The CLA has renewed its call for Government to improve how a property’s energy efficiency is measured, after the case for change was underlined yesterday by new research findings.
The CLA, which represents landowners, farmers and rural businesses, repeated its appeal after research from BRE found that up to 500,000 properties could be incorrectly categorised as below required standards once minimum energy performance regulations come into force in 2018.
The findings of the research, which was commissioned by the Department of Energy and Climate Change (DECC), raise questions ahead of Government’s legally binding target that from 1 April 2018 private landlords will be required to ensure a minimum Energy Performance Certificate (EPC) ‘Grade E’ standard in order to let their property.
CLA President Henry Robinson said: “For a number of years the CLA has been leading the call for new EPC methodology to be established, so that traditional buildings can be judged fairly for the 2018 minimum energy performance requirements. The new research provides further evidence that Government must review EPC methodologies if the drive for a sustainable rural housing stock is to have genuine effect.”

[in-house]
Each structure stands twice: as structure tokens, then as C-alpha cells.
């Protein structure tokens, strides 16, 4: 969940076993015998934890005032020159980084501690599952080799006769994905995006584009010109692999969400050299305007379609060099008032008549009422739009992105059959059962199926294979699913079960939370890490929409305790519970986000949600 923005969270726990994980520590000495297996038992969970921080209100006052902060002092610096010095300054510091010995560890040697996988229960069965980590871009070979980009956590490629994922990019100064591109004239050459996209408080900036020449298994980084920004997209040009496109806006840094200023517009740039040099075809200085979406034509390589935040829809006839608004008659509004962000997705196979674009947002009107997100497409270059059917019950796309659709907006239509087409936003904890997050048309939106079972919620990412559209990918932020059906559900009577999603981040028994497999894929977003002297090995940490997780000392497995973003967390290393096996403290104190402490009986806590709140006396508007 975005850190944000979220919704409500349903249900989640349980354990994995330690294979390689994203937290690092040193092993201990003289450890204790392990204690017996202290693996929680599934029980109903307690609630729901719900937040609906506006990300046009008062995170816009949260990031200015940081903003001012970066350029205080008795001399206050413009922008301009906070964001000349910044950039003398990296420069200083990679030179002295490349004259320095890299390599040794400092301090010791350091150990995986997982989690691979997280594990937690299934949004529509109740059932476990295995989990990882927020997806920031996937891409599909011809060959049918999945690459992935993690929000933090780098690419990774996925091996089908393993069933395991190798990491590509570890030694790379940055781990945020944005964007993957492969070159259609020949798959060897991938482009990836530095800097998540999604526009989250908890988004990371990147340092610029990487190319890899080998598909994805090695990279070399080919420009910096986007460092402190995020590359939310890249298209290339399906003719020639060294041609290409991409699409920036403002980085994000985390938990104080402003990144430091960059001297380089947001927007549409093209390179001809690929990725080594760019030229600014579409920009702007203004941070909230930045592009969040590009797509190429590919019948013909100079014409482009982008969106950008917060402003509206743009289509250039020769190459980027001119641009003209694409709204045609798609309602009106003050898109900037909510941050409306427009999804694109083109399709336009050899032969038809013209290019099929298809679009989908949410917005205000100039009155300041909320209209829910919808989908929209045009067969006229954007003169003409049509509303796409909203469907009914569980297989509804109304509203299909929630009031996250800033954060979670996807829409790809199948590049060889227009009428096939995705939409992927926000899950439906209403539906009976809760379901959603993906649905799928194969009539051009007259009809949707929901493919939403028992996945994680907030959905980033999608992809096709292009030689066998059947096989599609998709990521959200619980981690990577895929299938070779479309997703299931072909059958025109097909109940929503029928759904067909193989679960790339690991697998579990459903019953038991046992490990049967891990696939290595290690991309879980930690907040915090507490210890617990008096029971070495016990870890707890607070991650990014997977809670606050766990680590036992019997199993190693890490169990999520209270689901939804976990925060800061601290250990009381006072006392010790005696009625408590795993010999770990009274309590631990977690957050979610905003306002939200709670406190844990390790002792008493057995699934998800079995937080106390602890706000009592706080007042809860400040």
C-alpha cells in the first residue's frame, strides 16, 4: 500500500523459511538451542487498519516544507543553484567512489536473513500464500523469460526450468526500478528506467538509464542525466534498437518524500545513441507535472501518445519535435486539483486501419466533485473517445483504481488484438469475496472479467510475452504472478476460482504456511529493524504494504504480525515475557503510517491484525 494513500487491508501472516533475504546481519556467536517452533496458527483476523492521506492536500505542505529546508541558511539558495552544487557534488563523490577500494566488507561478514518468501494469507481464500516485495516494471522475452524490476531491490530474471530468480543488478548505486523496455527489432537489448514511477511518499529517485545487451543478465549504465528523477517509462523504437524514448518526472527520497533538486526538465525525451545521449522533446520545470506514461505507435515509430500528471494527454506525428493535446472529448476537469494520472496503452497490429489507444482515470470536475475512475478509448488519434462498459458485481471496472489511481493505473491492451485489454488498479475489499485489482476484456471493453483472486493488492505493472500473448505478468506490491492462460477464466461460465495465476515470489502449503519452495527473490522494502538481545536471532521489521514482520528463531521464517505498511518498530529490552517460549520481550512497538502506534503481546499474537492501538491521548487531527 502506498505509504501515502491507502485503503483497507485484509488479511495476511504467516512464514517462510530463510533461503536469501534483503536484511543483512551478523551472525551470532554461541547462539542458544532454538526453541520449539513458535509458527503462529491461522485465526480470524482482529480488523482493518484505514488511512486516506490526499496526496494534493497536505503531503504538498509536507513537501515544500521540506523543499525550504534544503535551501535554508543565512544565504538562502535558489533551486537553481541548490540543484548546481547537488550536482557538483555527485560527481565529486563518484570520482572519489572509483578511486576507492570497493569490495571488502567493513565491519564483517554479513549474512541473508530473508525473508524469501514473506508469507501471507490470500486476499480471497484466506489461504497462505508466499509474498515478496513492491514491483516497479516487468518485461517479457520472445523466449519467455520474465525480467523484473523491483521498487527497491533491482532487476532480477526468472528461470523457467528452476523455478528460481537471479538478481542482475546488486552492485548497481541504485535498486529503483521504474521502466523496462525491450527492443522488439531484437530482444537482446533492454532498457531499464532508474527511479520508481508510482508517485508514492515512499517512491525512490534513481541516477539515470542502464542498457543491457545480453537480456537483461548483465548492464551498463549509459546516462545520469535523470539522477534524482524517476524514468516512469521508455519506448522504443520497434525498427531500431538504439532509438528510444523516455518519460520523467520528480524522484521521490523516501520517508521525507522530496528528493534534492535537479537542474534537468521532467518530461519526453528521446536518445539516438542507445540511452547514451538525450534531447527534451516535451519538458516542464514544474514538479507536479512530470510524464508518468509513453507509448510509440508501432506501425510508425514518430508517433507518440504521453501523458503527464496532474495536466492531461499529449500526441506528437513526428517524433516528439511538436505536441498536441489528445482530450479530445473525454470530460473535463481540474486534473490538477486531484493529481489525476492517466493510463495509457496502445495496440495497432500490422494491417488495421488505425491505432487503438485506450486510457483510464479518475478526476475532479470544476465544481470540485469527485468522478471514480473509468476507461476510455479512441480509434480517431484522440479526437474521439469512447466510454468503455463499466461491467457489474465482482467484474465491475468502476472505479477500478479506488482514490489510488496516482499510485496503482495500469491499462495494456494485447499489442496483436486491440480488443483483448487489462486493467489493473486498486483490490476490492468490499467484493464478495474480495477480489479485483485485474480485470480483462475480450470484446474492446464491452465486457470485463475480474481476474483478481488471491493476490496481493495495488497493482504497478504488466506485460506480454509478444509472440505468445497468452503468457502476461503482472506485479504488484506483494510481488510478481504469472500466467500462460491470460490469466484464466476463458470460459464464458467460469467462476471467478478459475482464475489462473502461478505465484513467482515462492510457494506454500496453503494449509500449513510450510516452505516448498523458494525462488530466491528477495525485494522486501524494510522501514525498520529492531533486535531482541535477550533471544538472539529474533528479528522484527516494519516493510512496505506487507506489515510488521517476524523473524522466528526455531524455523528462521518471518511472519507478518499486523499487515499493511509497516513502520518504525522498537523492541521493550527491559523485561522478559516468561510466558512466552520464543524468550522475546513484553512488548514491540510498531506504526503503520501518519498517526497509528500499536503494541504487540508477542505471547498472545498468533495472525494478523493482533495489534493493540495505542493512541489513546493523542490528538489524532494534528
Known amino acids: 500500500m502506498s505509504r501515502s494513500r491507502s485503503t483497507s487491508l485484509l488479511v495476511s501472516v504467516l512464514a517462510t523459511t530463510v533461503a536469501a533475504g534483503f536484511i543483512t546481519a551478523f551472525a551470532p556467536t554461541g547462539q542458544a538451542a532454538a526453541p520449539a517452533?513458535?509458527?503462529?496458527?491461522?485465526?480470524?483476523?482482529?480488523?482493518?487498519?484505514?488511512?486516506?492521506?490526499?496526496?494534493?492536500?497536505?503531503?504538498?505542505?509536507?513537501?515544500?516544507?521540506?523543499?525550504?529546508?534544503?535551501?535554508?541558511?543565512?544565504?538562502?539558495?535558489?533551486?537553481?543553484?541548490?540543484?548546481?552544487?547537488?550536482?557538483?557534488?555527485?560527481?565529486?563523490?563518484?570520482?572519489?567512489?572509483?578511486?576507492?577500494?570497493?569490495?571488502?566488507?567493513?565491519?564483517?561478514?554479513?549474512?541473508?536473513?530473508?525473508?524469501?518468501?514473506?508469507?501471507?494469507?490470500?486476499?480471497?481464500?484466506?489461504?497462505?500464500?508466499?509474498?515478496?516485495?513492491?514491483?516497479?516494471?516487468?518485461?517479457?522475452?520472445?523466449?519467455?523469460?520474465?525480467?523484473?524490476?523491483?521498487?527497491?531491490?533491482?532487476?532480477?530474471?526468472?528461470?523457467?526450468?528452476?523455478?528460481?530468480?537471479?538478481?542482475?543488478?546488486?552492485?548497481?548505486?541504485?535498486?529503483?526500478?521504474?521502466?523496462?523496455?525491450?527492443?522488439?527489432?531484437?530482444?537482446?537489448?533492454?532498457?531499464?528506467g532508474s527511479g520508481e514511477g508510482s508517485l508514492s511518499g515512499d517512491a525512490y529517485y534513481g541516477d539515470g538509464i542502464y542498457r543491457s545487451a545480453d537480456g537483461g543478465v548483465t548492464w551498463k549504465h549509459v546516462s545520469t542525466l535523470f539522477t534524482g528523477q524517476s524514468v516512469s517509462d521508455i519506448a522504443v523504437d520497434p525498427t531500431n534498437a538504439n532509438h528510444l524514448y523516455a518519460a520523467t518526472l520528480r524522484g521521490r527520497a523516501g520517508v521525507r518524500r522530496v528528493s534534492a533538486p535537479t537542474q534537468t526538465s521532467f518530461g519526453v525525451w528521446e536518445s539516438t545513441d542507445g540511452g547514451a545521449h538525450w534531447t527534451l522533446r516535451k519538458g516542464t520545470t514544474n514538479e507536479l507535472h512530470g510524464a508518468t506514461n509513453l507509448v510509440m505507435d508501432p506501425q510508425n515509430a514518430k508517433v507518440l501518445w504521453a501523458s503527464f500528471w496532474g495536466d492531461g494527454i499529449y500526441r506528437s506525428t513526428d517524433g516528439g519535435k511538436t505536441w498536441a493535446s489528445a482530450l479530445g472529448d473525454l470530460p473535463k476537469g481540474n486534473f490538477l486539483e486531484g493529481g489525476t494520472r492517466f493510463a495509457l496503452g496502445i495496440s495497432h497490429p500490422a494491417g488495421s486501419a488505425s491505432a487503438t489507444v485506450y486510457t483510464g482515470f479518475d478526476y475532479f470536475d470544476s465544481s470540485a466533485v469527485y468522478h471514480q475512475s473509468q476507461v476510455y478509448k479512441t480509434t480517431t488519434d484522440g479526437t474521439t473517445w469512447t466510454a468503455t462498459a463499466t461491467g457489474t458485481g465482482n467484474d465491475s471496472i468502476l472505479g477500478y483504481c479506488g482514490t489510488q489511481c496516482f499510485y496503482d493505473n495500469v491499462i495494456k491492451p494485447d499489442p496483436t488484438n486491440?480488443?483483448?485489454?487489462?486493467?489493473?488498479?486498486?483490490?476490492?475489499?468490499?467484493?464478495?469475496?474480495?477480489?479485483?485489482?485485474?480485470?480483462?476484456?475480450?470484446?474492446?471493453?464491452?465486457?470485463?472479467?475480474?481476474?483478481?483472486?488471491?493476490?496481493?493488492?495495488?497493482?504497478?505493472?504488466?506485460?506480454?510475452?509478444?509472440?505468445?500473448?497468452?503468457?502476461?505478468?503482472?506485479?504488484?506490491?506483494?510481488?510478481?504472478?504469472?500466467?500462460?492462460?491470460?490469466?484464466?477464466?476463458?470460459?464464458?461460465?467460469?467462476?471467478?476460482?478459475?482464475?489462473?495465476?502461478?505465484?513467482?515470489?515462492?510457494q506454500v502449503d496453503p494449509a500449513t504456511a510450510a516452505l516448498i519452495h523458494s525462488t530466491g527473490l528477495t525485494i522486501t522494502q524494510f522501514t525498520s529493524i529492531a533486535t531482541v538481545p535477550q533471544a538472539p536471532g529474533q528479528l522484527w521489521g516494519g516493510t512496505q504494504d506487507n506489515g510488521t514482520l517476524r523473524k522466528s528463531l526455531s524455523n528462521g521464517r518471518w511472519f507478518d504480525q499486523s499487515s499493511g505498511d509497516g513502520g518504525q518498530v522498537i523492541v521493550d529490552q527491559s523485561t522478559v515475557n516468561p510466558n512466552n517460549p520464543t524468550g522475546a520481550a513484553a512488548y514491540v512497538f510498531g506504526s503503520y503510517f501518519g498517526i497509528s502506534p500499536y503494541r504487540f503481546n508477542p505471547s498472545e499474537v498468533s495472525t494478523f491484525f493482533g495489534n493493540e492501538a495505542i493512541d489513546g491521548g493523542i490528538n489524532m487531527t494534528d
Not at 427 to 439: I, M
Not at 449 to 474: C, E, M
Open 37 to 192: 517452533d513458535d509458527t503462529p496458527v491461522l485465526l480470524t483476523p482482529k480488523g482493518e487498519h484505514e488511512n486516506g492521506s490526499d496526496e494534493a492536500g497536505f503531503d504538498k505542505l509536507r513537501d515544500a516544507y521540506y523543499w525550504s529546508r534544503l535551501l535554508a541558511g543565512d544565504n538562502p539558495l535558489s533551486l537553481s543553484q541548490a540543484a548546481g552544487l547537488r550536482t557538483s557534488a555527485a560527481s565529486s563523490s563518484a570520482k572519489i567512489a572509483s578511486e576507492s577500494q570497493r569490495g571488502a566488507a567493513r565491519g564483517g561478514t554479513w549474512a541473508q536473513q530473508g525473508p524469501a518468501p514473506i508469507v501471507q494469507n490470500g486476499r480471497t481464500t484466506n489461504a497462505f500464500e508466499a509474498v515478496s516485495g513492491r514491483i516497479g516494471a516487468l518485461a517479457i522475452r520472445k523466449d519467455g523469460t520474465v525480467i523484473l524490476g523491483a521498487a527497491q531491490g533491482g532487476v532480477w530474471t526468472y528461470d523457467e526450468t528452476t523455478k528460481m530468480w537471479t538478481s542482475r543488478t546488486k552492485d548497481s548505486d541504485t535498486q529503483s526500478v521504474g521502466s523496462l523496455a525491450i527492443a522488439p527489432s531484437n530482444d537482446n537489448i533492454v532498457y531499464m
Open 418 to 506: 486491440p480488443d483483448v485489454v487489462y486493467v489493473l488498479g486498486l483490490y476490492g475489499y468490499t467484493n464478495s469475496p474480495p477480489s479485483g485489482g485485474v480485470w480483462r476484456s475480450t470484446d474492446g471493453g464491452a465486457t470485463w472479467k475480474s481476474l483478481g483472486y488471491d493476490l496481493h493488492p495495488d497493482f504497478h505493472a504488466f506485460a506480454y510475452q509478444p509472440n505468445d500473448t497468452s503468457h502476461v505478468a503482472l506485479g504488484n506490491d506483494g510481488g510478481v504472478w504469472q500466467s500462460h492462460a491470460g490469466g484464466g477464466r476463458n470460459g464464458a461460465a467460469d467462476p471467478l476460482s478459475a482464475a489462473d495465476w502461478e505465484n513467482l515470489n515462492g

The BRE report suggested that uninsulated walls perform better than is assumed in the current methodology for a property’s EPC rating. It also suggested that insulated cavity walls perform worse than current assumptions.
Mr Robinson added: “The potential for inaccurate EPC classification is particularly relevant for landlords of rural properties, which are generally older and therefore solid wall insulation is often an inappropriate energy efficiency measure. Incorrect classification could exacerbate existing problems with diminished rental housing stock in rural areas.”